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Suffering in Religions of the World

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Suffering in Religions of the World The question of suffering is one that all religions have for millennia mystified over. From scholars such as Leibniz and Augustine to the poverty stricken masses in 3rd world countries, the presence of evil and suffering in this world ultimately leads one to ask the question 'why does a loving God allow suffering?' This is a question that transcends time, place and culture and each religion has a different set of doctrines that set out to explain why suffering occurs. The two major religions that deal with suffering in their teachings are Christianity and Islam, and the list of authors who have studied the concept of theodicy in particularly in Christianity is long and distinguished. In the Christian faith the question of 'why does God allows suffering?' is one that was raised centuries ago by Paul and has been central to Christianity ever since. For Christians to comprehend suffering the understanding of the life and death of Jesus Christ is fundamental and to understand this, the concept of original sin that Christians believe is inherent in everyone must be explored. Early explanations of suffering in relation to original sin can be found in the New Testament. Genesis describes the fall of Adam and the need of a mediator to reconcile this separation with God. ...read more.


The most widely held attitude of Islam is to think of the control of God in a predeterminist sense. That is to say, wrong doing is not in man's hands therefore God must have willed it. Within Islam there is strong opposition to the determinist school of thought known as Qadariyya, however for the majority of Muslims the problem of suffering is not an academic problem but a way of life. The Koran marks the end of a revolution for Muslims; Allah has spoken clearly and for the last time and will not be heard again until he speaks as a punisher and judge. The Koran teaches to accept suffering as chastisement for sins already committed, and it is emphasised that suffering will remit these sins. It is little wonder then why Muslims are so accepting of suffering in the world. Constant emphasis is seen in the Koran of the religious significance of created natural order, indeed the holy book contains ten times as many verses on the 'signs of nature' as it does on religious law, and hence it is believed that God reveals himself in nature. Today 1/5th of the human race is Muslim, and the vast majority of those people are concentrated in 37 countries of the world. It stands to reason therefore that Islam is the only religion that adopts itself to countries it overruns and produces distinct impressions of the faith in different places and ages. ...read more.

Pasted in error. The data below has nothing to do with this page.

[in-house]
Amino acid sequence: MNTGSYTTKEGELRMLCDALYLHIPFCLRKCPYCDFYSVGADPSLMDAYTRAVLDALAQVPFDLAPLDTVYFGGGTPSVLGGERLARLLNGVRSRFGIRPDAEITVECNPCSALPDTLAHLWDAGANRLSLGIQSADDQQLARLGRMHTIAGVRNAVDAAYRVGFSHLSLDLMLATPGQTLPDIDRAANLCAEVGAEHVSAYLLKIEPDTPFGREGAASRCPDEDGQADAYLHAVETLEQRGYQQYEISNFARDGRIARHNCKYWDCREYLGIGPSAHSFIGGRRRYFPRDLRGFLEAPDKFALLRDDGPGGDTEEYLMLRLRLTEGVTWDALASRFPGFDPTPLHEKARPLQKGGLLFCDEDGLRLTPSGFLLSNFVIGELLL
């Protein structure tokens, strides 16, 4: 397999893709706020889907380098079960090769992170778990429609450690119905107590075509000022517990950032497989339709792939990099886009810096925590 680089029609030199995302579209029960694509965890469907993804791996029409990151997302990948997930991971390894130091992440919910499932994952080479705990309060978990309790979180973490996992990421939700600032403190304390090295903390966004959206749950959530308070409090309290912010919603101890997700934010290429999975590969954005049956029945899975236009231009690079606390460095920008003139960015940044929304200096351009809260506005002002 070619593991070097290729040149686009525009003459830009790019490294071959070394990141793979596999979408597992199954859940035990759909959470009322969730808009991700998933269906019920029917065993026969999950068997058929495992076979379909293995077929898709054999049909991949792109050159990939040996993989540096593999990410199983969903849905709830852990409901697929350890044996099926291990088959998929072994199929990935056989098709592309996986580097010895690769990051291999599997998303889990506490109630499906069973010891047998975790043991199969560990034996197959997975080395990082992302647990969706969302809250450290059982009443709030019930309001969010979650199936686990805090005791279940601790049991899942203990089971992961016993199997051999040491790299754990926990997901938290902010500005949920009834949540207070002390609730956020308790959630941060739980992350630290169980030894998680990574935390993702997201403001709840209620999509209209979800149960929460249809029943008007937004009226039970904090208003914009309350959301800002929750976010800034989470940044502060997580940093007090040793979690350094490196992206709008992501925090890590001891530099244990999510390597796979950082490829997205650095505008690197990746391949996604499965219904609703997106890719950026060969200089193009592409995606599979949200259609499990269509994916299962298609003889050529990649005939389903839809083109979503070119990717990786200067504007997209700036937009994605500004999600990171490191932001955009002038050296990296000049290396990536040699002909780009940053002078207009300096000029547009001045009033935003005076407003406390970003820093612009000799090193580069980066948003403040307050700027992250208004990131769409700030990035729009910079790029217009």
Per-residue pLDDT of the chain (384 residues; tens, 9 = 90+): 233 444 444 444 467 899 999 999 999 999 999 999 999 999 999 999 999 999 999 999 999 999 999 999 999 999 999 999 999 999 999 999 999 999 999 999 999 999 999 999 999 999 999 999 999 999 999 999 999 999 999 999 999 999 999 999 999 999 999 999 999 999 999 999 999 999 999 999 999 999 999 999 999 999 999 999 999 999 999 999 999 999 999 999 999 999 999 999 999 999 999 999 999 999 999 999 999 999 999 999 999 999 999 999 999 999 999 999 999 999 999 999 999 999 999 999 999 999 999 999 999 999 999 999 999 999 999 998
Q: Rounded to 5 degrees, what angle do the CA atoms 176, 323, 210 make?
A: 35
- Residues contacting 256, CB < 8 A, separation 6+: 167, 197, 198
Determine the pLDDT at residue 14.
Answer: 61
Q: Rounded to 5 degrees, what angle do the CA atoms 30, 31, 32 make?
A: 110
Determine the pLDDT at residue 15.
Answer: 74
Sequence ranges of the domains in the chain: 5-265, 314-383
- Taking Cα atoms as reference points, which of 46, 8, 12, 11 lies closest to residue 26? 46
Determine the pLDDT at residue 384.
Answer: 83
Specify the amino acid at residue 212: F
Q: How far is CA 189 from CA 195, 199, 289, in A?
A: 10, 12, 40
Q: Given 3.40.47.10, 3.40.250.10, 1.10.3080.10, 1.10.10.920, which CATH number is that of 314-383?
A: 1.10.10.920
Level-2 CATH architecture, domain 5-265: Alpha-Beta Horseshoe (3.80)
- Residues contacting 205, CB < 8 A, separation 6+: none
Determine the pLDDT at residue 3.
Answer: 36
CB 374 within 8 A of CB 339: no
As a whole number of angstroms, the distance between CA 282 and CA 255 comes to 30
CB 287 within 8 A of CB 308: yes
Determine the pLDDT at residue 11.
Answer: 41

Following the 1755 disaster, divine retribution became a prominent explanation of human suffering. The clergy told the people of Lisbon that they were a sinful city and that the earthquake was an act of God's anger (T.D Kendrick.) Lisbon's population along with the rest of the western world were forced to ask themselves if God was really all loving in the light of such devastating effects. It is said (T.D Kendrick) that the Lisbon earthquake brought an age to an end: the optimism of the first half of the 18th century seemed to vanish in the aftermath of the earthquake. The Leibnizian theodicy and enlightenment thinking in general became almost satirical, not least due to the work of Voltaire, who openly attacked Leibniz tradition when asking how the 'best of all possible worlds' theory be accounted for when innocent thousands of people suffer. During this great period of confusion the reconciling of God's love and omnipotence on the one hand with suffering on the other was open to much theorising and debate, not just for theodicists but for sociologists, historians and people in general experiencing suffering of any kind. Not all, however, were as strongly condemning of Leibniz thought as Voltaire was and many people still adhered to Liebnizan theory. Rousseau, Kant and many other academics since have sought a rationale of suffering within the Leibniz tradition as many still do today. ...read more.

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